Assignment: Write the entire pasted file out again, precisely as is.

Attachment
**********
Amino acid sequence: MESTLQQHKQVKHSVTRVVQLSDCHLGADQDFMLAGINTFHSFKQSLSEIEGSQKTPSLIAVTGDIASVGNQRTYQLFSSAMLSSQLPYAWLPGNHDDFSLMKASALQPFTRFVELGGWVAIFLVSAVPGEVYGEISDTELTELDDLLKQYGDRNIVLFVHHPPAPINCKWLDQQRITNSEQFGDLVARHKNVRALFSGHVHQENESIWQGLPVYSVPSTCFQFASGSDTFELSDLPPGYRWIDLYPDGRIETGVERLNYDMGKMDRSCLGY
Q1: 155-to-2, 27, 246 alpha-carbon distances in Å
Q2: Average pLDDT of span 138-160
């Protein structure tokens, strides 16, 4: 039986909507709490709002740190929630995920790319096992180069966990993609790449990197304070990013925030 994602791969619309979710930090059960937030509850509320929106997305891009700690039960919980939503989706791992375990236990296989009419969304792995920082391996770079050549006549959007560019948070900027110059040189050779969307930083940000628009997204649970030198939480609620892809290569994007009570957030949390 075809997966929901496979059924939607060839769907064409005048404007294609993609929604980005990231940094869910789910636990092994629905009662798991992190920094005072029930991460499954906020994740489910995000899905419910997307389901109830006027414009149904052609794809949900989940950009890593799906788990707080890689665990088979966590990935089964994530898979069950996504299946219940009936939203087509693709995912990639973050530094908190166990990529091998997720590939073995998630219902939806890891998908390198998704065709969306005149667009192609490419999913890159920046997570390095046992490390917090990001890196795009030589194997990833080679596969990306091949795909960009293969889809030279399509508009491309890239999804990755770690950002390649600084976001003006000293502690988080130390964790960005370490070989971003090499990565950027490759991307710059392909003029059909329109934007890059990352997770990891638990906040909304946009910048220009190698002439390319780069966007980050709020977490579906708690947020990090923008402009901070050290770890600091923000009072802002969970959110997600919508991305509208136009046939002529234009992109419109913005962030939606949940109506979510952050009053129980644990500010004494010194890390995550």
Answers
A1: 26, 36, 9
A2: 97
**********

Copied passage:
Amino acid sequence: MESTLQQHKQVKHSVTRVVQLSDCHLGADQDFMLAGINTFHSFKQSLSEIEGSQKTPSLIAVTGDIASVGNQRTYQLFSSAMLSSQLPYAWLPGNHDDFSLMKASALQPFTRFVELGGWVAIFLVSAVPGEVYGEISDTELTELDDLLKQYGDRNIVLFVHHPPAPINCKWLDQQRITNSEQFGDLVARHKNVRALFSGHVHQENESIWQGLPVYSVPSTCFQFASGSDTFELSDLPPGYRWIDLYPDGRIETGVERLNYDMGKMDRSCLGY
Q1: 155-to-2, 27, 246 alpha-carbon distances in Å
Q2: Average pLDDT of span 138-160
């Protein structure tokens, strides 16, 4: 039986909507709490709002740190929630995920790319096992180069966990993609790449990197304070990013925030 994602791969619309979710930090059960937030509850509320929106997305891009700690039960919980939503989706791992375990236990296989009419969304792995920082391996770079050549006549959007560019948070900027110059040189050779969307930083940000628009997204649970030198939480609620892809290569994007009570957030949390 075809997966929901496979059924939607060839769907064409005048404007294609993609929604980005990231940094869910789910636990092994629905009662798991992190920094005072029930991460499954906020994740489910995000899905419910997307389901109830006027414009149904052609794809949900989940950009890593799906788990707080890689665990088979966590990935089964994530898979069950996504299946219940009936939203087509693709995912990639973050530094908190166990990529091998997720590939073995998630219902939806890891998908390198998704065709969306005149667009192609490419999913890159920046997570390095046992490390917090990001890196795009030589194997990833080679596969990306091949795909960009293969889809030279399509508009491309890239999804990755770690950002390649600084976001003006000293502690988080130390964790960005370490070989971003090499990565950027490759991307710059392909003029059909329109934007890059990352997770990891638990906040909304946009910048220009190698002439390319780069966007980050709020977490579906708690947020990090923008402009901070050290770890600091923000009072802002969970959110997600919508991305509208136009046939002529234009992109419109913005962030939606949940109506979510952050009053129980644990500010004494010194890390995550």
Answers
A1: 26, 36, 9
A2: 97